“Letters have the power to upset, alter and even ruin lives, the embodiment of the idea that the pen is mightier than the sword.” — Evan Fallenberg
Epistolary literature usually takes the shape of letters, but the form also encompasses other documents including journal entries, news articles, blog posts, and emails. For fiction, a heightened sense of realism and accessibility are among the benefits of the form. And then there’s the epistolary memoir, what Parul Sehgal calls “a life told in the form of a letter.”
In this one-day, five-hour seminar, students will explore how stories — fiction and nonfiction, short and book length — can be told effectively as letters. Through the lens of contemporary literature — excerpts from The Secret Lives of Church Ladies, The Heads of the Colored People, Heavy, and Breathe: A Letter to My Sons — we’ll consider the ways the epistolary form frees, constrains, and focuses — sometimes all at once.
This class is ideal for writers who enjoy experimenting with form or who would like to practice experimenting with form. Students will draft fiction and/or nonfiction letters during class that they (or their characters) will never send, letters that convey what they wished they’d said, letters that lament, letters that disrupt, and more. Students may share their work during class if they wish, but no formal feedback will be given.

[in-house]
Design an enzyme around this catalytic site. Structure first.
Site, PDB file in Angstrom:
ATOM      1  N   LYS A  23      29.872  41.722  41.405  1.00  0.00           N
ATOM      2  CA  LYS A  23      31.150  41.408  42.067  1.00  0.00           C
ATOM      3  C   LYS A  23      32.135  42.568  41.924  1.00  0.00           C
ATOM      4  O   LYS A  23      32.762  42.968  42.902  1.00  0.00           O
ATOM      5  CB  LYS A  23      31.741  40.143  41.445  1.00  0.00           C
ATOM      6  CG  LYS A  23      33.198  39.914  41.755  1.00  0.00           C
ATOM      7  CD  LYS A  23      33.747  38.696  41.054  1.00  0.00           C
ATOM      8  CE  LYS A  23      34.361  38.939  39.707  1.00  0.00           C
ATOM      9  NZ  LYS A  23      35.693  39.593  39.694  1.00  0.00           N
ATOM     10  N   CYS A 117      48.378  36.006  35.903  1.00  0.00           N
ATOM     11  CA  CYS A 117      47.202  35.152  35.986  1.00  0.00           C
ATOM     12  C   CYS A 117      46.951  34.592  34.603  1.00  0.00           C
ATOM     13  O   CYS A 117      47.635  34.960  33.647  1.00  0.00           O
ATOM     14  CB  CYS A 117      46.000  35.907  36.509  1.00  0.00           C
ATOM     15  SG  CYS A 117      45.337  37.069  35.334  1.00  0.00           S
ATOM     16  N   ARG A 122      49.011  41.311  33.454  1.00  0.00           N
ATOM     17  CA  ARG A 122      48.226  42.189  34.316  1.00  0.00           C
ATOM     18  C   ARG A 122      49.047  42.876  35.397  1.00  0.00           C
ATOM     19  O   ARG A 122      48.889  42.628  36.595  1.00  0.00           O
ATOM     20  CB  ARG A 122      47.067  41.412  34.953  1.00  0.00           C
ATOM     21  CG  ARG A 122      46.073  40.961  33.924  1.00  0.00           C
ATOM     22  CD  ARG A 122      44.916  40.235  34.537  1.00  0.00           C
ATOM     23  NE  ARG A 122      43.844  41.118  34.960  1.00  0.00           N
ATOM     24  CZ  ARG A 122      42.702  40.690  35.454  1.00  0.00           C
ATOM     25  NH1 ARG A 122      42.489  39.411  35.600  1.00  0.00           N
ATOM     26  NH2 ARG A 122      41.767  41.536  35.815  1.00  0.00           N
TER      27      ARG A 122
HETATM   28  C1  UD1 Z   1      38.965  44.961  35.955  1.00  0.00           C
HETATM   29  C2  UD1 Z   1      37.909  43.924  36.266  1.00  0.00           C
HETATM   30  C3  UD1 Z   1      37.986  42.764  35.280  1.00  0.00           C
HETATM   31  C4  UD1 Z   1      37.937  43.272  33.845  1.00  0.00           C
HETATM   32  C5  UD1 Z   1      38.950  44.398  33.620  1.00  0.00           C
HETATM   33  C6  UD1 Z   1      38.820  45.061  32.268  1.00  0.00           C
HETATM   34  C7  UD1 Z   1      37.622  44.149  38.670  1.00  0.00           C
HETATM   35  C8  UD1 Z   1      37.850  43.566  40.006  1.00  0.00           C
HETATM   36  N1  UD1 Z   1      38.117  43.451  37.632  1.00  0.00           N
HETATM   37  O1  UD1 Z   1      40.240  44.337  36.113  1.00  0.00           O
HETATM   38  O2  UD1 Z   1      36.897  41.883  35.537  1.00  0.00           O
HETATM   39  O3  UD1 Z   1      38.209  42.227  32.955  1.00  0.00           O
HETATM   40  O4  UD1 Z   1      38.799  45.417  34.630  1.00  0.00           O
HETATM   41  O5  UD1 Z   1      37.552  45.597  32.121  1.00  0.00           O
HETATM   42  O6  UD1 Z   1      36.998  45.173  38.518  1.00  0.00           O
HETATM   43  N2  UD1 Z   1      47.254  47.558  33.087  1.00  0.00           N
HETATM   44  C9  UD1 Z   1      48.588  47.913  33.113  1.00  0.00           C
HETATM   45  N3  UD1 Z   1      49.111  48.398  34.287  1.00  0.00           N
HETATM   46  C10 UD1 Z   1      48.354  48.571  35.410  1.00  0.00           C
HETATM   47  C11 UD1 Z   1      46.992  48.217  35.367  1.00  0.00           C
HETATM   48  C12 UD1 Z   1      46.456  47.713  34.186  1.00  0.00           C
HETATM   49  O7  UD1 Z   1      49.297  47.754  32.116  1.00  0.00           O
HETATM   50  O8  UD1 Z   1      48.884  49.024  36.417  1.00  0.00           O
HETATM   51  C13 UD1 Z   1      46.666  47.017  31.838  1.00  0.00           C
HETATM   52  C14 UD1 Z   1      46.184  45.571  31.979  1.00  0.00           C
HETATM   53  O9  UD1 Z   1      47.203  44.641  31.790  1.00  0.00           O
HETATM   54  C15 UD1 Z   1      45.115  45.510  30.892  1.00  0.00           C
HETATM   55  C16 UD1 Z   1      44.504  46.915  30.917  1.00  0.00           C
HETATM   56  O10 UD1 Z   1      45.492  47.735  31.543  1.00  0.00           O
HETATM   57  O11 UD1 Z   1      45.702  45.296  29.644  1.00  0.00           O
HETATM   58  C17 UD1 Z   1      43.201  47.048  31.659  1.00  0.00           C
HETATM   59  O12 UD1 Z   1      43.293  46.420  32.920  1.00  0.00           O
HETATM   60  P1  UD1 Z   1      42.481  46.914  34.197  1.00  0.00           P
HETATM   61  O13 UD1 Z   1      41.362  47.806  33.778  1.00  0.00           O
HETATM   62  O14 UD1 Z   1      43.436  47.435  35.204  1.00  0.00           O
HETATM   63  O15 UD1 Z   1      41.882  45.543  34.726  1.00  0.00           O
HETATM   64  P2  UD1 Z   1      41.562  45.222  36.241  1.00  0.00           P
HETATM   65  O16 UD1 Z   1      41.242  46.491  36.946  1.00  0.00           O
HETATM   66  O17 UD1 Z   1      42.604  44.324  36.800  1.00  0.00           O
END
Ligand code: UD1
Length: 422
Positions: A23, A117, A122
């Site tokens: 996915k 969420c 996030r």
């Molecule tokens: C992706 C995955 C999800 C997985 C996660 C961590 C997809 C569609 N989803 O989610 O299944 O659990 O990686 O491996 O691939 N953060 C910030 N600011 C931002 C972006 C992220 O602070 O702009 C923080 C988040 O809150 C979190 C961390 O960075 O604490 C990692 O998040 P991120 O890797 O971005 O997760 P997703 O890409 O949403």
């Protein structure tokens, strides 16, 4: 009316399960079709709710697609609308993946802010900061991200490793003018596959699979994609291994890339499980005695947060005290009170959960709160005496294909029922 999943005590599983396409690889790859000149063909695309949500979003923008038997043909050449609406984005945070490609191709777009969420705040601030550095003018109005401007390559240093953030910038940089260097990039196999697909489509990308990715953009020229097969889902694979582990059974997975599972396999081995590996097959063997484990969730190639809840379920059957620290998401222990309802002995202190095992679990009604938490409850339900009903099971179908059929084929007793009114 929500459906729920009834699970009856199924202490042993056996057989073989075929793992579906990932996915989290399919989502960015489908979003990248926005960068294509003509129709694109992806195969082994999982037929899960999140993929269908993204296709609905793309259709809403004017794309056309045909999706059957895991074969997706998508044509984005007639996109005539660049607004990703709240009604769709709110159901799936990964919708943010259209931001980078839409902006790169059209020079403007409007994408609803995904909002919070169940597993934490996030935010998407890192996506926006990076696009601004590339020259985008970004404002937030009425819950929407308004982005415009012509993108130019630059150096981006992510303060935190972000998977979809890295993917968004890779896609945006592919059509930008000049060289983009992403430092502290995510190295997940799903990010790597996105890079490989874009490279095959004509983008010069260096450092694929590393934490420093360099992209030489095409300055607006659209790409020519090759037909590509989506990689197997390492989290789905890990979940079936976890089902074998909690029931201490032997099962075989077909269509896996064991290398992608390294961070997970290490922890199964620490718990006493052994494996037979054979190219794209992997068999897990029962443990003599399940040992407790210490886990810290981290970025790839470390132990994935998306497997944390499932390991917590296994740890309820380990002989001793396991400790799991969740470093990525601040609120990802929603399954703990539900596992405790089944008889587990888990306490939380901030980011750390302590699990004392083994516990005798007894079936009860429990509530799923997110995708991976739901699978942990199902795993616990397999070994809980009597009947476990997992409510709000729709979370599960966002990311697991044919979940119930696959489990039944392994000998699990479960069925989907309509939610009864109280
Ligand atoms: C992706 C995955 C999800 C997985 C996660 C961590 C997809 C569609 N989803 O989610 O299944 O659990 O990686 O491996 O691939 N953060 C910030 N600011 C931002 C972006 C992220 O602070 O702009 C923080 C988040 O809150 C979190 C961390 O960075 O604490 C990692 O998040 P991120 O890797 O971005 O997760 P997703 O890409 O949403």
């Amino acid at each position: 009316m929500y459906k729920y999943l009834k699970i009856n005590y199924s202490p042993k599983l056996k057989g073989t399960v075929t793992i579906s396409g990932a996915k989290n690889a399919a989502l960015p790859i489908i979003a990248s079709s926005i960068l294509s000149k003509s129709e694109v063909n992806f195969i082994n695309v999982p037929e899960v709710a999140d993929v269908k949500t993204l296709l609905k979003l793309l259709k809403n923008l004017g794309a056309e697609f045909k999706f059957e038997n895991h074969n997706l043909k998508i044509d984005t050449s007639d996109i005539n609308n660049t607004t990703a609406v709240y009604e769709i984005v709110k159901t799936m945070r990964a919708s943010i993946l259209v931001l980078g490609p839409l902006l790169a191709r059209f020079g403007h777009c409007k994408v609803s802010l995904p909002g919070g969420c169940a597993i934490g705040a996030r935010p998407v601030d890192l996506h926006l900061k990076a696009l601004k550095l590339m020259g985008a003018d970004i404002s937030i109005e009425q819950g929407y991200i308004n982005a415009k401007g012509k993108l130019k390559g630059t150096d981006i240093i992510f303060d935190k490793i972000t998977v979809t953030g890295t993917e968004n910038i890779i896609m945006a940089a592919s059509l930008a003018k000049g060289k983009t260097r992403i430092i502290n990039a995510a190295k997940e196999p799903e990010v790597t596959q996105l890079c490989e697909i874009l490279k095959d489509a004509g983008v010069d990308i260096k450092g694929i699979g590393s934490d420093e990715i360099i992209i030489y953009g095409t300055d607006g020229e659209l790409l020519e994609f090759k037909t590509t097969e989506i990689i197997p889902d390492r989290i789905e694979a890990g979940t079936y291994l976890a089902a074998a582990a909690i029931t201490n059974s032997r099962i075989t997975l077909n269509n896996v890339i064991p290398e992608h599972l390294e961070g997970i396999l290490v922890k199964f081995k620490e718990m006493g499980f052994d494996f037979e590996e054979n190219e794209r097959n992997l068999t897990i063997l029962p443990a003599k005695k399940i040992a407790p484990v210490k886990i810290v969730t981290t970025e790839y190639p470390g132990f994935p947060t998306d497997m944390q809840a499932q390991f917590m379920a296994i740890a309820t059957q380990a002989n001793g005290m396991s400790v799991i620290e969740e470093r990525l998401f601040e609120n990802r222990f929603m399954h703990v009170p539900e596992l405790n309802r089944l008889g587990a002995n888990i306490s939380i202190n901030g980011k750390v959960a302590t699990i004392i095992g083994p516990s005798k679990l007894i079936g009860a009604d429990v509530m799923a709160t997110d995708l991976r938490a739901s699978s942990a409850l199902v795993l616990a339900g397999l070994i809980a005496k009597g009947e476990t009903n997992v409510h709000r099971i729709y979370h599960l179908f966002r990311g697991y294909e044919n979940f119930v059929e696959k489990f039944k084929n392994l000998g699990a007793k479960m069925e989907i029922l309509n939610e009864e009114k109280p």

Class meetings will be held over video chat, using Zoom accessed from your private class page. While you can use Zoom from your browser, we recommend downloading the desktop client so you have access to all platform features.
- Learn how to strategically choose addressees and subject matters in order to create a compelling literary letter
- Learn how to identify the goals of a literary letter and what to include in it to achieve those goals
- Learn how to choose and develop a tone/voice suitable for the subject matter and goals of a given literary letter
- 10% discount on all future Catapult classes
Students should expect to do some reading (about 90 minutes worth) prior to the class and be prepared to discuss the readings during class time.
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